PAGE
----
eBay has a policy regarding offering combined postage. But is this policy all that it promises to be?
Recently, and for the first time since I registered as an eBay member on 24 July 2003, I encountered this thorny question as you can judge from the feedback left for me on 11 September 2008, namely the question of what is combined p&p and what can be considered fair charges for p&p.
In the case I mention, I bid and won four items from this particular seller (I am not naming names as this is a general issue, I feel). After the auction, I sent him/her a query about the postage cost which turned out to be £13.50 for the four items, and whether s/he would be able to adjust p&p costs accordingly. His/her answer was unequivocal: "We do not offer combined p&p." To which I replied: "Fair enough."
I assumed that for some reason or other, s/he was not able to combine the four items I purchased into one parcel (some sellers may have packed items before the auction and so are unable to repackage them), and consequently was unable to offer a discount on p&p. And I was wrong. This seller did combine the four items into one parcel and sent me the items for the total cost of £6.40 - that is what the stamp said. Even if some extra cost for handling and packaging (which was £0 since s/he used pre-used packaging) was added, this is in effect a mark-up of more than 100% of the actual cost. I queried this again, s/he did not take kindly to my query, and so while my feedback was positive (the items were in good order) I mentioned excessive p&p.
If you are reading this, you probably wonder about what this business of combined p&p is all about. For once, eBay does not have much to contribute to the subject, except to say that if you do not agree with the p&p charges of a seller, do not bid.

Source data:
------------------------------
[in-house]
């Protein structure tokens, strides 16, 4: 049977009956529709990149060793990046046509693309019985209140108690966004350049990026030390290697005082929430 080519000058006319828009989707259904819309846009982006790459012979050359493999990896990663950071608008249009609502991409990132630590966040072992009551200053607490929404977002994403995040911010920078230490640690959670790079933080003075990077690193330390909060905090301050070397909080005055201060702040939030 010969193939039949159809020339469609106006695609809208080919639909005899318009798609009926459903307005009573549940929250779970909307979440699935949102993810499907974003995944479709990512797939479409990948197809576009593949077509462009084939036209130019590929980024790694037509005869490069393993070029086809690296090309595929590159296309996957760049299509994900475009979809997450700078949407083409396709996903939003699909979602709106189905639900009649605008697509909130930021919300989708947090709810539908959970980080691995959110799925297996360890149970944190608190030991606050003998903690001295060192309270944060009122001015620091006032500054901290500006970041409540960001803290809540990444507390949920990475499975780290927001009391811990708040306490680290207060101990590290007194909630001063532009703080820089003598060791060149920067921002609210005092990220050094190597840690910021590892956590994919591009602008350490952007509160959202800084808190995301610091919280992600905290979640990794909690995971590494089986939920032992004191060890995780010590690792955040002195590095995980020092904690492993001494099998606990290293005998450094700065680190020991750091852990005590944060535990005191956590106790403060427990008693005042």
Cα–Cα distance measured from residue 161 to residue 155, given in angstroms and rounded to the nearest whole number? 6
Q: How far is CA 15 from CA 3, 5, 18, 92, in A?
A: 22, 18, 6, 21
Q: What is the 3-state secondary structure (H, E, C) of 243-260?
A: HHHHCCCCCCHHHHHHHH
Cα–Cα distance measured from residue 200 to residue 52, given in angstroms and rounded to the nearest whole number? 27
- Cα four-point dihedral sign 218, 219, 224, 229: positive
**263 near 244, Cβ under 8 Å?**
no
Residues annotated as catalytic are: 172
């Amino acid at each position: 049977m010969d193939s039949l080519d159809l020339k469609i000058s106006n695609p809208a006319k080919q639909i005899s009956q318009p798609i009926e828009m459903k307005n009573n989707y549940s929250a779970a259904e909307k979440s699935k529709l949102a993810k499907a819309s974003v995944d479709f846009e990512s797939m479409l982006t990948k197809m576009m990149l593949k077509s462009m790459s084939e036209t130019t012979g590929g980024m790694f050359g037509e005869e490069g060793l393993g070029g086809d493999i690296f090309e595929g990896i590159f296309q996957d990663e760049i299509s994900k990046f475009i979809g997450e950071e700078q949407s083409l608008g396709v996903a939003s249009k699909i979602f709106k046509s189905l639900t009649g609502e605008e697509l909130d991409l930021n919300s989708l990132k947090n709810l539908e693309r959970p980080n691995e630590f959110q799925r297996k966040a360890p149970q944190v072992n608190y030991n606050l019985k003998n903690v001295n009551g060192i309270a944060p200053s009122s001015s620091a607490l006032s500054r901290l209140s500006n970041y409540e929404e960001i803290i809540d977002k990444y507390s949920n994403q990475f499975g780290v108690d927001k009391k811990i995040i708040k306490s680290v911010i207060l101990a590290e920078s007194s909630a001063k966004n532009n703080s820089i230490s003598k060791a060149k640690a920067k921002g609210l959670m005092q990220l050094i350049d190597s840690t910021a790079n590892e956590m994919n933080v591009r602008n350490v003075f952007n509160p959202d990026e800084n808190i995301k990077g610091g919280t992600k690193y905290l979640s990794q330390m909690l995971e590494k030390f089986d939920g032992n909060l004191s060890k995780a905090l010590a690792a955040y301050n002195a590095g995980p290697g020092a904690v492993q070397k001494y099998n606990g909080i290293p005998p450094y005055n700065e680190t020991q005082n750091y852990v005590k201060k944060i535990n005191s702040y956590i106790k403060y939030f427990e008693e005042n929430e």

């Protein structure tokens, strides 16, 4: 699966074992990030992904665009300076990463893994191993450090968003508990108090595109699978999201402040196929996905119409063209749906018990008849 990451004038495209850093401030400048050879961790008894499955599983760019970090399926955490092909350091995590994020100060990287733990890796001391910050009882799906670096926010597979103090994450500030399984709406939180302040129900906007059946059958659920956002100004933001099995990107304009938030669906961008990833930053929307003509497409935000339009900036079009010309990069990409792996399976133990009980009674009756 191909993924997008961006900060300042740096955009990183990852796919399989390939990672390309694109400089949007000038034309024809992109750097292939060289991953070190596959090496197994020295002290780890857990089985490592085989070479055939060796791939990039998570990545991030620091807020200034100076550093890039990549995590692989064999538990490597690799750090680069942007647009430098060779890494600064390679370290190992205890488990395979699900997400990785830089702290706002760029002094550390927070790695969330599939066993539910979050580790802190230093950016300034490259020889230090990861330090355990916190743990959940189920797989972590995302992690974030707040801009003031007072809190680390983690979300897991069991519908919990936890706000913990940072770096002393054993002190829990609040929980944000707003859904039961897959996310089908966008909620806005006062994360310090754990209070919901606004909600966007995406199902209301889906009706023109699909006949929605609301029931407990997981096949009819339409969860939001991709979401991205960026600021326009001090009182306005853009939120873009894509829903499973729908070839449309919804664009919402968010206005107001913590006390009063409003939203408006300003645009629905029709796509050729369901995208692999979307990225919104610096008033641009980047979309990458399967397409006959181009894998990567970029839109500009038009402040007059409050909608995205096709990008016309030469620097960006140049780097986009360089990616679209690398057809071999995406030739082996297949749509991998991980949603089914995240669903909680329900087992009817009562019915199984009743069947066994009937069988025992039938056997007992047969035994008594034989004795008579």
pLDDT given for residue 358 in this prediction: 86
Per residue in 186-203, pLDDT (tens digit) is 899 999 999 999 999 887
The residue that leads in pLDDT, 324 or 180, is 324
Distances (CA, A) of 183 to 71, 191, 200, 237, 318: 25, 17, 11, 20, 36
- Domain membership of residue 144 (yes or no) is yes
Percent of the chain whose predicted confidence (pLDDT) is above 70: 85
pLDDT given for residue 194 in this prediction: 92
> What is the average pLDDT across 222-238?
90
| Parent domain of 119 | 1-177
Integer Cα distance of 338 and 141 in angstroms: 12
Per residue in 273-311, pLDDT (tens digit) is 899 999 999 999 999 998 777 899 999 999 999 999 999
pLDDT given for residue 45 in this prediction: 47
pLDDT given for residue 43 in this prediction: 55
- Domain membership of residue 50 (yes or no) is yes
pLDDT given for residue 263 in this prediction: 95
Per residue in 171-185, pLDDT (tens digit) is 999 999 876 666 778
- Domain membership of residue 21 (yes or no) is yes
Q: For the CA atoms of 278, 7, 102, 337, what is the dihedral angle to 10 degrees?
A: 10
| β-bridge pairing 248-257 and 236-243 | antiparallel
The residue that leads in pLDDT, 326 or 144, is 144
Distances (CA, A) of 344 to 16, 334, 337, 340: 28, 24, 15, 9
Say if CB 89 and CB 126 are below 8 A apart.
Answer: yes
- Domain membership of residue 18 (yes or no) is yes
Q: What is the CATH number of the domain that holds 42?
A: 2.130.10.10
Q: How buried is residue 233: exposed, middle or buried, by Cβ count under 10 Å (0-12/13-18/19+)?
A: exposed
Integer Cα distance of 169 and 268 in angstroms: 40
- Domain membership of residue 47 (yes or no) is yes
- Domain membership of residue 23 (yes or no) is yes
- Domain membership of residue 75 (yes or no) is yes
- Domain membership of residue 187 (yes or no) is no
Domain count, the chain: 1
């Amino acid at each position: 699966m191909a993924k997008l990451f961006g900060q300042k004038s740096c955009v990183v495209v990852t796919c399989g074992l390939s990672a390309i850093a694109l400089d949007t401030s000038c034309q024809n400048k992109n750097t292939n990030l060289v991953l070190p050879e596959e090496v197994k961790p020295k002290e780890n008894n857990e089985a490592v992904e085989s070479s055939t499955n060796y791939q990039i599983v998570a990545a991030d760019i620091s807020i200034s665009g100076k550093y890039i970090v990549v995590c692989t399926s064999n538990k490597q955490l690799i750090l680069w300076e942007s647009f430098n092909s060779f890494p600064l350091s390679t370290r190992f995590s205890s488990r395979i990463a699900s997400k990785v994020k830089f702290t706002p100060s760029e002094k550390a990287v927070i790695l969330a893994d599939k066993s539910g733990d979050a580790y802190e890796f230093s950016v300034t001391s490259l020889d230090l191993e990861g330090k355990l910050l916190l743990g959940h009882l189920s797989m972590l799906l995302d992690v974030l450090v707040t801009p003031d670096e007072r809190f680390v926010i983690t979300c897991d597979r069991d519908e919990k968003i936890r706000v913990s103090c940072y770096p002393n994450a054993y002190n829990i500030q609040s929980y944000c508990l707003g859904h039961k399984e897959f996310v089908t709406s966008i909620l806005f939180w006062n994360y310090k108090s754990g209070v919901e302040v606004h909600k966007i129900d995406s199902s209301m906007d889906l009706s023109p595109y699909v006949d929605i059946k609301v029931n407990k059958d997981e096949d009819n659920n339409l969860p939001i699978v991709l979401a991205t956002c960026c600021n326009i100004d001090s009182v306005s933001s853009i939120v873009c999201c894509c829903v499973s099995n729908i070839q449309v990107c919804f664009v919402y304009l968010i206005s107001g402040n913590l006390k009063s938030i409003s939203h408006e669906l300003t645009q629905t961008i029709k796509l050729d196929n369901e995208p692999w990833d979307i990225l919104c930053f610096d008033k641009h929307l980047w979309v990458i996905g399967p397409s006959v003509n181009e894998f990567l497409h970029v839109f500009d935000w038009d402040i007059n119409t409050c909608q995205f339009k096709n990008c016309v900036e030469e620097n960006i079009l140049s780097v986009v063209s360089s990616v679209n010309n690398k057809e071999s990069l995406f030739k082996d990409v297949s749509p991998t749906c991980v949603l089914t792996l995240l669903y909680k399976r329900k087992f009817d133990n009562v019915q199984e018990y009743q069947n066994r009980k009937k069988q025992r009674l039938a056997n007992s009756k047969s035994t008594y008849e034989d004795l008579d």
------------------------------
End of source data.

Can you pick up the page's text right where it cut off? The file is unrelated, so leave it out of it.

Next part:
Which may be sound advice in some circumstances, except after the event. There are always loopholes in a system and, as you can see, this is one in eBay policy, and it is understandable eBay does not address it because it is so difficult to regulate.
And here, you may well question my own practice: "Well, do you, as a seller, offer combined p&p?"
To which I have to reply: "No, not within the eBay parameters. For the simple reason that eBay's implementation of combined p&p is too rigid and leaves little space for adjustment. Even with combined p&p offered, I may well end up overcharging my buyer(s)."
And my second reply would be: "Yes, I do but not officially on eBay. If I can combine two items into one parcel, I am perfectly happy to send an invoice with the adjusted cost for p&p." Hence my asking buyers to ask for an invoice before paying.
So, at the end of the day, charges for p&p, combined or not, are at the discretion of the seller. So, it's worth to read the small print about postage before bidding. If there is no small print in the description alluding to the seller's p&p, resort to "Ask the seller a question".
So, what is combined postage?